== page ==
LCD for GENETIC Testing (L24308) (Noridian)



Identification and tracking of study participants •

Procedures to identify and track participants in research studies should be in place throughout the entire research “revenue cycle”  Consent for screening  Enrollment  Patient care services identified in schedule of events  Patient care services provided as a result of patient being enrolled as a study participant (services provided to prevent or monitor complications, expanded care)

What is everyone else doing?  Manual- notifications to Patient Financial Services  Shared database  Use of unique identifiers in scheduling/billing system (i.e., Research financial class)  Improved interfaces between Clinical Trial Management Systems (CTMS) and Hospital Information Systems (HIS)


Segregation of routine and research sponsored patient care services •

Develop policies and procedures that ensure patient care services associated with patients who have consented for screening as well as those who have enrolled in studies are identified for appropriate billing and claims submission.

What is everyone else doing? 

Phone calls or “word of mouth”

Research specific encounter forms

Research Charge Codes

Research “Order Entry”

Budget and billing grid mapping to charge codes

Collaborate with current system or new system vendors for better system solutions. Be Creative!




Questions & Discussion CJ Wolf [email protected] 512-579-5017 Beth Belt [email protected] 617-437-2841

Resources U.S. National Institute of Health • Office for Human Research Protections (OHRP) • National Cancer Institute • Medicare Clinical Trial Policies • CMS Manual System, Pub 100-04 Medicare Claims Processing • The Feb. 2011 meeting of the Audit, Compliance and Management Review Committee of the U.T. Board of Regents recorded webcast and materials can be viewed and downloaded here • (scroll the time bar to the 1:09:14 mark (i.e., 1 hour, 9 minutes and 14 seconds) to view the recording)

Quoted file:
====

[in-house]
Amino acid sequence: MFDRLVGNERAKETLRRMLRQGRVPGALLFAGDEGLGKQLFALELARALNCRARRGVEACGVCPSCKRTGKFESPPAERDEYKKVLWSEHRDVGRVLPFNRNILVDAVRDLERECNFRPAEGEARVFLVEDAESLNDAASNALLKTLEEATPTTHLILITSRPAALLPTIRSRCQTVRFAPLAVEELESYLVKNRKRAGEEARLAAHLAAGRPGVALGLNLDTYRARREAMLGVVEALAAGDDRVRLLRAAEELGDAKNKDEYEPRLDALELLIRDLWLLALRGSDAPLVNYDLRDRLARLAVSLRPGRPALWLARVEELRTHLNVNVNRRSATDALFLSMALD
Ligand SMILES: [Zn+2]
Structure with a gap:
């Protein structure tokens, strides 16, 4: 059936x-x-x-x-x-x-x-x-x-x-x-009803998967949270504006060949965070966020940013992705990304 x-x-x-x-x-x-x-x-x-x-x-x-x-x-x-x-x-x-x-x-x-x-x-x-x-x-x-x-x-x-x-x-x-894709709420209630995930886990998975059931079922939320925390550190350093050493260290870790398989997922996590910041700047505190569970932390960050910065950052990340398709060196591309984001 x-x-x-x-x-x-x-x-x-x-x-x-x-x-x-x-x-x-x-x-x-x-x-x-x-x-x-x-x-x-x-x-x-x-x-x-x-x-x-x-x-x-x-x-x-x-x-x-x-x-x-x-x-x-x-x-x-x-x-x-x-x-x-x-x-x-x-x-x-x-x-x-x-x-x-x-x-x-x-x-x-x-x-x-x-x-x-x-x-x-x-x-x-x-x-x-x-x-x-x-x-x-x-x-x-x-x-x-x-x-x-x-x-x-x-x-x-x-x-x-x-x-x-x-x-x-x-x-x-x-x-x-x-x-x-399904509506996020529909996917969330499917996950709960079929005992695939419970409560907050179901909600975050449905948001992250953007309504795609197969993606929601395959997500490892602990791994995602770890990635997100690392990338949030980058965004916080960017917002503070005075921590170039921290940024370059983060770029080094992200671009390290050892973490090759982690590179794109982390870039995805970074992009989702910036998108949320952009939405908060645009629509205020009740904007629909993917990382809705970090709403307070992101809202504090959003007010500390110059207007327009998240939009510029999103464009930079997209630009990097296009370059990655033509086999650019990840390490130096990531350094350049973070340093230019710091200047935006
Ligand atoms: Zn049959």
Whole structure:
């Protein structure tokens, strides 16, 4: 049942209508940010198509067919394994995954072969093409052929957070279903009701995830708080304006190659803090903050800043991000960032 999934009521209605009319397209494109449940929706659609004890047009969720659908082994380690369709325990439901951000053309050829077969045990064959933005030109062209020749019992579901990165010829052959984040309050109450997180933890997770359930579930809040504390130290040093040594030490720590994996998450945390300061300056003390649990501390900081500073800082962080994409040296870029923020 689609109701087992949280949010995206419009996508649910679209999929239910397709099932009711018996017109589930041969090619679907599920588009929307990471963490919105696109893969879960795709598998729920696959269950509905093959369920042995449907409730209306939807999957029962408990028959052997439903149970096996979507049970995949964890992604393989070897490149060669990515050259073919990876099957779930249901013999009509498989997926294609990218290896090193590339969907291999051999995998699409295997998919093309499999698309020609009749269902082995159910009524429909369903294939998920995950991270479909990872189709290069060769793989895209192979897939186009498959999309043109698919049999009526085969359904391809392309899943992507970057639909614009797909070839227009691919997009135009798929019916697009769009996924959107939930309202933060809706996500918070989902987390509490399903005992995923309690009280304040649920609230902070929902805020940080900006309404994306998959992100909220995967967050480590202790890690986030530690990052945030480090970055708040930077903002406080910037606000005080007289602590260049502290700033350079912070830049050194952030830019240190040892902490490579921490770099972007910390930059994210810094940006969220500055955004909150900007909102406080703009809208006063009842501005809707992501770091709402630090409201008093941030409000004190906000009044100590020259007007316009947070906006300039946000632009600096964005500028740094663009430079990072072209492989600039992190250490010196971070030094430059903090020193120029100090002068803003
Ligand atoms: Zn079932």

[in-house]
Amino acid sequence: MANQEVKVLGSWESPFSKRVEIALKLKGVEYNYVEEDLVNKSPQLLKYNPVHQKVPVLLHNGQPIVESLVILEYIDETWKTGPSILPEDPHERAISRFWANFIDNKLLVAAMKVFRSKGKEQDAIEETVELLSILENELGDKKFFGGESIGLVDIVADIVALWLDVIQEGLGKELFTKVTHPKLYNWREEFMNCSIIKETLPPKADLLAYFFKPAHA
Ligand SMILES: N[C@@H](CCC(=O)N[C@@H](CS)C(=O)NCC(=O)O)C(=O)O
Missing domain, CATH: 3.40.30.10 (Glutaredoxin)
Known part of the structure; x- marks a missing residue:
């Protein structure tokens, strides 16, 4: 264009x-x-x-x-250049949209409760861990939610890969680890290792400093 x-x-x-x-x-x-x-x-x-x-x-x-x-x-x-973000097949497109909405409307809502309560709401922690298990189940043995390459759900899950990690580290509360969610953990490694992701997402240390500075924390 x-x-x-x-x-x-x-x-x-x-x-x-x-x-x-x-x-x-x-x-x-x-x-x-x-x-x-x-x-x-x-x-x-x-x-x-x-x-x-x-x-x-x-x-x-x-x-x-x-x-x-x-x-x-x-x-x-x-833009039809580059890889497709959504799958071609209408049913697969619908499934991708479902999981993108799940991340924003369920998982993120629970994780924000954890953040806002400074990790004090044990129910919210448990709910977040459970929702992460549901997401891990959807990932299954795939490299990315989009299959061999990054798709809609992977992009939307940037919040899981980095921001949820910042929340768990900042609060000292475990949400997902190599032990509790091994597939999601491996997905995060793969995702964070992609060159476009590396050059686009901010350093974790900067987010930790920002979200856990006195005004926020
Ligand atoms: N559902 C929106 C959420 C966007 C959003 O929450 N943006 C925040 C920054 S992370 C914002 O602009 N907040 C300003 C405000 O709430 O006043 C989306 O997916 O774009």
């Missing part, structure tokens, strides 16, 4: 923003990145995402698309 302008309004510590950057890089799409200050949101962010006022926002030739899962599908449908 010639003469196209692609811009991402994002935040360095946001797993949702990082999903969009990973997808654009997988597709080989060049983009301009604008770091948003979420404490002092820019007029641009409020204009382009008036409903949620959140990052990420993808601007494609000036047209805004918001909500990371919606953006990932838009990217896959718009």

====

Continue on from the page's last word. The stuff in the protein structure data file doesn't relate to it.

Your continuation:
Bios Beth Belt, MBA, CHRC, is a manager in Deloitte & Touche LLP’s National Health Sciences Regulatory Practice and has more than 25 years of experience in the health care industry, including both academic medical center and community hospital settings. Her experience includes clinical research compliance, compliance program development, Medicare billing compliance, charge description master reviews, revenue cycle operations, laboratory management, and integration of clinical, research and financial initiatives. Prior to joining Deloitte & Touche LLP, Beth was the administrator for the Center for Clinical and Translational Research at Dana Farber Cancer Institute as well an being an active participant in the Compliance Committee, a member of the Institutional Review Board, and a member of the Alliance of Dedicated Cancer Centers Compliance Committee.

Bios (cont.) C.J. Wolf, MD, CPC, CPC-H, began his work in the UT Systemwide Compliance Office as Assistant Systemwide Compliance Officer in June of 2009. Prior to joining the UT System, Dr. Wolf was the Director for Billing Compliance at The University of Texas M. D. Anderson Cancer Center in Houston from 2006 to 2009, where he was responsible for directing the institution’s compliance with Federal, state, and institutional billing rules and guidelines. He was a key contributor to the development of the strategic vision for: (1) billing compliance education and training; (2) conducting and overseeing billing compliance audits; (3) serving as an in-house expert on billing compliance issues; and (4) overseeing the operations of the Billing Compliance section of the Institutional Compliance Office comprised of managers, supervisors, educators, auditors, and assistants.